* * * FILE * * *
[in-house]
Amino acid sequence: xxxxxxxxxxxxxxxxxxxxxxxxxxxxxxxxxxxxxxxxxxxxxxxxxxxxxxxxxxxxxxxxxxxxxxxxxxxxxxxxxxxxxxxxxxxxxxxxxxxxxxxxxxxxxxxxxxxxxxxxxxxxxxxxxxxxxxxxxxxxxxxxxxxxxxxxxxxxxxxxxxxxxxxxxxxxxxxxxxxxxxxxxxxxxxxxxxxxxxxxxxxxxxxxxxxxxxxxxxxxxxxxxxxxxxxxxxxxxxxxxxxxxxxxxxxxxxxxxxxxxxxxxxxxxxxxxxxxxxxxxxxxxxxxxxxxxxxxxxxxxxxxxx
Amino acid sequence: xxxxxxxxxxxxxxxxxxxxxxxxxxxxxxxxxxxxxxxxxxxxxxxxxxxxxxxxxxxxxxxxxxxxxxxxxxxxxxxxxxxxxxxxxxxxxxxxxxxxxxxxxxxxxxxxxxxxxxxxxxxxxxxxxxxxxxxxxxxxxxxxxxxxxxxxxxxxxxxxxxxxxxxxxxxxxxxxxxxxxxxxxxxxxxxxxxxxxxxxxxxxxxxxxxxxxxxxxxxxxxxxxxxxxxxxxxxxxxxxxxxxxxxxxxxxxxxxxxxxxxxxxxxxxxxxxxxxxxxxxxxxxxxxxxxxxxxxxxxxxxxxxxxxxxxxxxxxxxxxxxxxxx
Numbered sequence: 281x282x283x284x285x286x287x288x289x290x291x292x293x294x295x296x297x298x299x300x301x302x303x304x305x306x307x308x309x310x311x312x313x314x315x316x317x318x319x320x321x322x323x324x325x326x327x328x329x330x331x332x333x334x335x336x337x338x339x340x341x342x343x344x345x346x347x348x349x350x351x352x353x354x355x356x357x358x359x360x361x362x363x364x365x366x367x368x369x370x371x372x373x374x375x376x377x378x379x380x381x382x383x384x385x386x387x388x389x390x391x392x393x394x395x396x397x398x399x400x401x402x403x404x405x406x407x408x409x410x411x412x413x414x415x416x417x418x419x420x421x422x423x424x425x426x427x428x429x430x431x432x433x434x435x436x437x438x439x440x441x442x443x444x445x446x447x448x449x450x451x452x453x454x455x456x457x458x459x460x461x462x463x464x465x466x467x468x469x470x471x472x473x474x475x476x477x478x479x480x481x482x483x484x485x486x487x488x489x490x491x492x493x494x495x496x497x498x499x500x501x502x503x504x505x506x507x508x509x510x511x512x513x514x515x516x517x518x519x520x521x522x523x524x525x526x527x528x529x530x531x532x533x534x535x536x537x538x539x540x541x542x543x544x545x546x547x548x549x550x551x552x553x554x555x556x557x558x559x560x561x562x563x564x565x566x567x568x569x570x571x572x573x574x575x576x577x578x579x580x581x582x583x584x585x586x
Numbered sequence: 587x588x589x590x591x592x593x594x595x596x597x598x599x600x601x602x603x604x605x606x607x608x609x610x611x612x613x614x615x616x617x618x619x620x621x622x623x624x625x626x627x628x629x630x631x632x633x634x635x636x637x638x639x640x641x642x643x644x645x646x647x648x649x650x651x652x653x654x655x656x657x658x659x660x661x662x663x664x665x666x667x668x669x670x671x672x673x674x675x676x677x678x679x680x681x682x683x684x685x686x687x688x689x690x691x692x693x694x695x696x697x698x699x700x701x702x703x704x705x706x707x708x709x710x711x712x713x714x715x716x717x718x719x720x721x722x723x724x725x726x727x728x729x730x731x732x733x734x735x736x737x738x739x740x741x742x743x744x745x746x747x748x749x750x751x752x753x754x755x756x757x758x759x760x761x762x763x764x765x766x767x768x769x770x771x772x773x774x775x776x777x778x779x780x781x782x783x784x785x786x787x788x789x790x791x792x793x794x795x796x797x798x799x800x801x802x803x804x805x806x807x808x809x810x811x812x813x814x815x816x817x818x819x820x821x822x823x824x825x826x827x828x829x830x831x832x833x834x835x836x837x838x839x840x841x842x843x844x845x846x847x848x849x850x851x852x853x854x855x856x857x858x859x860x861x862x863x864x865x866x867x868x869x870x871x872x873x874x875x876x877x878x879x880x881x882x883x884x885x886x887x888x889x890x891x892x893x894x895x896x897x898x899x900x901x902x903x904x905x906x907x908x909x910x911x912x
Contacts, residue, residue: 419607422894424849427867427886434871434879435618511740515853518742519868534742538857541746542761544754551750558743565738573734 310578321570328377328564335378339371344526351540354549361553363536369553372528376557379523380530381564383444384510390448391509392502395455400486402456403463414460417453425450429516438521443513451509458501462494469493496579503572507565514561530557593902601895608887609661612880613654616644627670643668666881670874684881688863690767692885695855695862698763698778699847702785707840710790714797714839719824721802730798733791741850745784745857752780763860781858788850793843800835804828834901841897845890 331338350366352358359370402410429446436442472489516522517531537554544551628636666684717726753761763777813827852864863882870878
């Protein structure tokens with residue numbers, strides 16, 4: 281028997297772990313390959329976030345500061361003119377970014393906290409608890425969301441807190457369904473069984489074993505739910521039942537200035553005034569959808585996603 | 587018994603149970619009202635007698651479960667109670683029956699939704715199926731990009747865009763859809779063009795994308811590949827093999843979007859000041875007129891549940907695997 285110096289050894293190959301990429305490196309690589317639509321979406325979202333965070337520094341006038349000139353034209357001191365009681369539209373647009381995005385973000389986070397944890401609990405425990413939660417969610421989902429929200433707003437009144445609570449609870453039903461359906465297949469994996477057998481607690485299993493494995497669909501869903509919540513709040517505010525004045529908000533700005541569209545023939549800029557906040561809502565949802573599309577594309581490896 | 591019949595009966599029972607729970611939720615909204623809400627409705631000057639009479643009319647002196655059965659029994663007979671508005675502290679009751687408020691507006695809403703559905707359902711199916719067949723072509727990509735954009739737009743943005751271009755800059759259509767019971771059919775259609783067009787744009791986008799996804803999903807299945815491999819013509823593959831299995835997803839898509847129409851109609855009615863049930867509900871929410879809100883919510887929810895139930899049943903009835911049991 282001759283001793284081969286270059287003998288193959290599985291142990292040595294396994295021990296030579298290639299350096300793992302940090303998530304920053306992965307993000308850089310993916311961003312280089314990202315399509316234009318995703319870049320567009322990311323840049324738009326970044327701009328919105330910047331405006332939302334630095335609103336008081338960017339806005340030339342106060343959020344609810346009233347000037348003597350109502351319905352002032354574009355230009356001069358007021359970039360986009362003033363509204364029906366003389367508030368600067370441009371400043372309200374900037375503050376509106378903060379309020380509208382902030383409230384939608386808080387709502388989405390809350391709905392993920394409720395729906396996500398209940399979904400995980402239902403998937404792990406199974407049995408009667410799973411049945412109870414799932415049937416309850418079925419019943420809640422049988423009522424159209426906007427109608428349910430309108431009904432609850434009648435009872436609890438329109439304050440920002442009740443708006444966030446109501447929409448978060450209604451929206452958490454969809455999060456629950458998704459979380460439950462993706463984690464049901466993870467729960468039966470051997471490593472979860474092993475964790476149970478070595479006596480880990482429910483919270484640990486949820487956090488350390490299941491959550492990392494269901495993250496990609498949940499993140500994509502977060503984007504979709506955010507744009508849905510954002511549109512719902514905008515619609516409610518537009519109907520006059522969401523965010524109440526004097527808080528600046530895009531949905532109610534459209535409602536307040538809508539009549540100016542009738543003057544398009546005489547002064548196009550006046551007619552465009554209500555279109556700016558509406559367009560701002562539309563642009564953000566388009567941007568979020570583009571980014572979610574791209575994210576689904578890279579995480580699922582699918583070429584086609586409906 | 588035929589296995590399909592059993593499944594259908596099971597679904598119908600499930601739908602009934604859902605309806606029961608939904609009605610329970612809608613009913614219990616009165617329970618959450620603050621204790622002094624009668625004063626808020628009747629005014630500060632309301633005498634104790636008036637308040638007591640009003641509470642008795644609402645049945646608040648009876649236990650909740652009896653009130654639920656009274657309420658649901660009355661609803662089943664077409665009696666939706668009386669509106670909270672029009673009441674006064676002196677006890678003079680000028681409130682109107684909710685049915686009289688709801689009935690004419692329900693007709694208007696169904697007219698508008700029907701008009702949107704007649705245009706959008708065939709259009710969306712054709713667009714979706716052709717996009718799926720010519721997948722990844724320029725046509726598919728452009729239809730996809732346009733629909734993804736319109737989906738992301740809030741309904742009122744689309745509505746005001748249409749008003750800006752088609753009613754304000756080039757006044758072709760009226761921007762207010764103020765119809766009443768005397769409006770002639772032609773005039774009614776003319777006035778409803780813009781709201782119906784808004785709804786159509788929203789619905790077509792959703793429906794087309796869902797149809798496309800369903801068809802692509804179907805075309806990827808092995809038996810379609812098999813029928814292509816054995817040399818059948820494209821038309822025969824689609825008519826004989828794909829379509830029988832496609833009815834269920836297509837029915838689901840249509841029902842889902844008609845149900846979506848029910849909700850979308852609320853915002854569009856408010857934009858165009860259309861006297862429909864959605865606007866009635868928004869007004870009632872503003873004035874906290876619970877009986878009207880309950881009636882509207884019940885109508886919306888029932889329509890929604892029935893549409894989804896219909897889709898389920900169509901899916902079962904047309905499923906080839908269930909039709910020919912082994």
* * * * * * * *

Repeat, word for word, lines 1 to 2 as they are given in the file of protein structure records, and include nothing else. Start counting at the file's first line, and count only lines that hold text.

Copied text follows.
[in-house]
Amino acid sequence: xxxxxxxxxxxxxxxxxxxxxxxxxxxxxxxxxxxxxxxxxxxxxxxxxxxxxxxxxxxxxxxxxxxxxxxxxxxxxxxxxxxxxxxxxxxxxxxxxxxxxxxxxxxxxxxxxxxxxxxxxxxxxxxxxxxxxxxxxxxxxxxxxxxxxxxxxxxxxxxxxxxxxxxxxxxxxxxxxxxxxxxxxxxxxxxxxxxxxxxxxxxxxxxxxxxxxxxxxxxxxxxxxxxxxxxxxxxxxxxxxxxxxxxxxxxxxxxxxxxxxxxxxxxxxxxxxxxxxxxxxxxxxxxxxxxxxxxxxxxxxxxxxx